Facts: Posts shared on Facebook and Twitter claim that the U.K. government has blocked the Office for National Statistics (ONS) from publishing data on how many people suffered side effects after receiving the Covid-19 vaccine.

“If everything is as it should be why would our government withhold this crucial information”, questions some of the posts.

Truth: In an email to Reuters, ONS said: “The ONS has been developing plans to monitor the effectiveness of mass vaccination. This is likely to include the analysis of existing data streams and additional survey questions. When we are satisfied with the quality and robustness of our findings, they will be made public in the usual way and in accordance with the UK Code of Practice for Statistics.” Also to Reuters, the Department for Health and Social Care pointed out that regular reports on the vaccines have been published by the Medicines and Health Products Regulatory Agency (MHRA).

South Korea

Claim: Italian police 'arrested scores of paedophile cardinals' in Vatican

Facts: Posts shared on Facebook claim that an operation carried out by the Italian police "arrested scores of paedophile cardinals" in Vatican City. Some of the posts share an article published on the Korean website UN News that, among other things, states: “The Italian parliament voted overwhelmingly to merge Vatican City into the city of Rome, effectively ending Catholicism’s reign over the city-state”.

Truth: According to AFP, the claim is false. There is no record of any police operation to arrest paedophile cardinals in the Vatican. The same story was published in January 2019 by the satirical website Laughing in Disbelief.


Claim: CDC inflated the number of COVID-19 deaths in the US by 1,600%

Facts: Posts shared on social media claim that a study proved that the Centers for Disease Control and Prevention (CDC) inflated the number of COVID-19 deaths in the United States by 1,600%. According to the study, published in October 2020, data from the CDC show that only 6% of the 161,392 deaths by Covid-19 recorded so far did not mention any comorbidity, which would indicate that only 9,684 deaths were actually caused by COVID-19.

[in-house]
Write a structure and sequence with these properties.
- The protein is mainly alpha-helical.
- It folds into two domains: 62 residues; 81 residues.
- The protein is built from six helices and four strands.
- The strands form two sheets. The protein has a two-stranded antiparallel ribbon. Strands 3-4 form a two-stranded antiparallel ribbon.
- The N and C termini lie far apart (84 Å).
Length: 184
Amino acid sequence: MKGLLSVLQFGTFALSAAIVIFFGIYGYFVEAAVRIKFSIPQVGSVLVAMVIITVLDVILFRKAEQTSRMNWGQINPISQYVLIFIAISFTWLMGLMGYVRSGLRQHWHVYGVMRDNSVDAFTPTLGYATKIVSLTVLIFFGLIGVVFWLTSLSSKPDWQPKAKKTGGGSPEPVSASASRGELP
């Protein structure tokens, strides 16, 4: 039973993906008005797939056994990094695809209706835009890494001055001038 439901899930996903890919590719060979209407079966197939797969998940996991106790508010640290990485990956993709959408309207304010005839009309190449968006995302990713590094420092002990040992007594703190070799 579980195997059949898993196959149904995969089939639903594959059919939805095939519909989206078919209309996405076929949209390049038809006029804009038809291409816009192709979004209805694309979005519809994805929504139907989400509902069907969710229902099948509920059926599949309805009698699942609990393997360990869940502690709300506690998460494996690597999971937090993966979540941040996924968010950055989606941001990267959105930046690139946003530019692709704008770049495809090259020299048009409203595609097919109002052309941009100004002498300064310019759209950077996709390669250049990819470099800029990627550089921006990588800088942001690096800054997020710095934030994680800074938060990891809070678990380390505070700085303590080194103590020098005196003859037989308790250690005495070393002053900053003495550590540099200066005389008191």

Truth: The study's interpretation is completely refuted by experts and health agencies.

In an interview with ABC, Anthony Fauci, director of the National Institute of Allergy and Infectious Diseases, reinforced the official data from the CDC and said: “That does not mean that someone who has hypertension, or diabetes who dies of covid didn't die of covid-19.”


Claim: Photo shows Queen Elizabeth II bowing to Ethiopian emperor

Facts: Posts shared on Facebook and Twitter claim to show a black and white photo of Queen Elizabeth II and Prince Philip bowing before the Ethiopian emperor. “Queen Elizabeth and Prince Philip bowing before Emperor Haile Selassie and his wife, Empress Menen Asfew. They are the only people they have ever bowed to as a royal couple,” reads the caption of the posts.

Truth: The black and white image shows emperor Haile Selassie I and his wife, empress Menen Asfew, and two people with their backs to the camera bowing before them. These two people, however, are not Queen Elizabeth II and Prince Philip. A reverse image search shows that the photo shared on social media was originally taken in 1955, by the German-American photographer Alfred Eisenstaedt. Queen Elizabeth II's first official visit to Ethiopia, however, just happened a decade later, in 1965.